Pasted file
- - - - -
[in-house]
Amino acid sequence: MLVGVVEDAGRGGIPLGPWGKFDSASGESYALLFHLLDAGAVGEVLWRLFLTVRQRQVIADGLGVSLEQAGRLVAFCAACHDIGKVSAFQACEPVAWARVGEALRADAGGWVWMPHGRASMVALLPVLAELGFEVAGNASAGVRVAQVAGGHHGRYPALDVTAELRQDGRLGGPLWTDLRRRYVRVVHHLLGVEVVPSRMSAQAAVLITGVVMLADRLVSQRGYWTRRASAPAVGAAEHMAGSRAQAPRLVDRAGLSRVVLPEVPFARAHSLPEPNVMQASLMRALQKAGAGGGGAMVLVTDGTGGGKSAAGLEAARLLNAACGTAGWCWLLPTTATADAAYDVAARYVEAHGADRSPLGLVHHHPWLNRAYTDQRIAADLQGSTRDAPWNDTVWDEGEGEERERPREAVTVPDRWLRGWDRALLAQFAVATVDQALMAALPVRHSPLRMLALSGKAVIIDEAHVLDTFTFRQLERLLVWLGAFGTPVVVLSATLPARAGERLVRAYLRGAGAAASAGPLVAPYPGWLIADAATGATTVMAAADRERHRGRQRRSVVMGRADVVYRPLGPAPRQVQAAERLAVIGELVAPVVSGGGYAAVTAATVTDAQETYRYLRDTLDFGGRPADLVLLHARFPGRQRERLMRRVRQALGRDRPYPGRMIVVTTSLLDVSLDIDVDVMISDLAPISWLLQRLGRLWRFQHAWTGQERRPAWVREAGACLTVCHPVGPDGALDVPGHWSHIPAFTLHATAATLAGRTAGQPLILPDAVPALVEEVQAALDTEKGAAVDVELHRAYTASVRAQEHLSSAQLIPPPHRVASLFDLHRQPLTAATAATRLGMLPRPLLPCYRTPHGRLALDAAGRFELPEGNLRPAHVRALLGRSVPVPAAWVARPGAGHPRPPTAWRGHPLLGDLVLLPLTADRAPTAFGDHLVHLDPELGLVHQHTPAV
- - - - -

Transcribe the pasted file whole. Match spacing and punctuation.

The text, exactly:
[in-house]
Amino acid sequence: MLVGVVEDAGRGGIPLGPWGKFDSASGESYALLFHLLDAGAVGEVLWRLFLTVRQRQVIADGLGVSLEQAGRLVAFCAACHDIGKVSAFQACEPVAWARVGEALRADAGGWVWMPHGRASMVALLPVLAELGFEVAGNASAGVRVAQVAGGHHGRYPALDVTAELRQDGRLGGPLWTDLRRRYVRVVHHLLGVEVVPSRMSAQAAVLITGVVMLADRLVSQRGYWTRRASAPAVGAAEHMAGSRAQAPRLVDRAGLSRVVLPEVPFARAHSLPEPNVMQASLMRALQKAGAGGGGAMVLVTDGTGGGKSAAGLEAARLLNAACGTAGWCWLLPTTATADAAYDVAARYVEAHGADRSPLGLVHHHPWLNRAYTDQRIAADLQGSTRDAPWNDTVWDEGEGEERERPREAVTVPDRWLRGWDRALLAQFAVATVDQALMAALPVRHSPLRMLALSGKAVIIDEAHVLDTFTFRQLERLLVWLGAFGTPVVVLSATLPARAGERLVRAYLRGAGAAASAGPLVAPYPGWLIADAATGATTVMAAADRERHRGRQRRSVVMGRADVVYRPLGPAPRQVQAAERLAVIGELVAPVVSGGGYAAVTAATVTDAQETYRYLRDTLDFGGRPADLVLLHARFPGRQRERLMRRVRQALGRDRPYPGRMIVVTTSLLDVSLDIDVDVMISDLAPISWLLQRLGRLWRFQHAWTGQERRPAWVREAGACLTVCHPVGPDGALDVPGHWSHIPAFTLHATAATLAGRTAGQPLILPDAVPALVEEVQAALDTEKGAAVDVELHRAYTASVRAQEHLSSAQLIPPPHRVASLFDLHRQPLTAATAATRLGMLPRPLLPCYRTPHGRLALDAAGRFELPEGNLRPAHVRALLGRSVPVPAAWVARPGAGHPRPPTAWRGHPLLGDLVLLPLTADRAPTAFGDHLVHLDPELGLVHQHTPAV